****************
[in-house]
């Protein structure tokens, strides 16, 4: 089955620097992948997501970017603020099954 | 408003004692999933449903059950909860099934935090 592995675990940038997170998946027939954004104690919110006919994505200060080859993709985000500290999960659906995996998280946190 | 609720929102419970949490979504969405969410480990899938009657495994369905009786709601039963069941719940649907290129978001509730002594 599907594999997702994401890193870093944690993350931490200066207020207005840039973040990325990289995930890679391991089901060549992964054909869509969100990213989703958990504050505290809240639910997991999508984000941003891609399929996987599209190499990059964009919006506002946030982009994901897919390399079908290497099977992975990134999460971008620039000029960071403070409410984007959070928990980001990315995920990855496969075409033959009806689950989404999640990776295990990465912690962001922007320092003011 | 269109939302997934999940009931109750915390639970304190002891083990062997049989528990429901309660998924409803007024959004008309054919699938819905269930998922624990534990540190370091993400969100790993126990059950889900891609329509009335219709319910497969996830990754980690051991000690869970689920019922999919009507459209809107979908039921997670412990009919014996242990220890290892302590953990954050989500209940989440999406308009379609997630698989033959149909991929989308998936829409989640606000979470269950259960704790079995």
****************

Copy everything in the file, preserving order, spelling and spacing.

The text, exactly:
[in-house]
């Protein structure tokens, strides 16, 4: 089955620097992948997501970017603020099954 | 408003004692999933449903059950909860099934935090 592995675990940038997170998946027939954004104690919110006919994505200060080859993709985000500290999960659906995996998280946190 | 609720929102419970949490979504969405969410480990899938009657495994369905009786709601039963069941719940649907290129978001509730002594 599907594999997702994401890193870093944690993350931490200066207020207005840039973040990325990289995930890679391991089901060549992964054909869509969100990213989703958990504050505290809240639910997991999508984000941003891609399929996987599209190499990059964009919006506002946030982009994901897919390399079908290497099977992975990134999460971008620039000029960071403070409410984007959070928990980001990315995920990855496969075409033959009806689950989404999640990776295990990465912690962001922007320092003011 | 269109939302997934999940009931109750915390639970304190002891083990062997049989528990429901309660998924409803007024959004008309054919699938819905269930998922624990534990540190370091993400969100790993126990059950889900891609329509009335219709319910497969996830990754980690051991000690869970689920019922999919009507459209809107979908039921997670412990009919014996242990220890290892302590953990954050989500209940989440999406308009379609997630698989033959149909991929989308998936829409989640606000979470269950259960704790079995």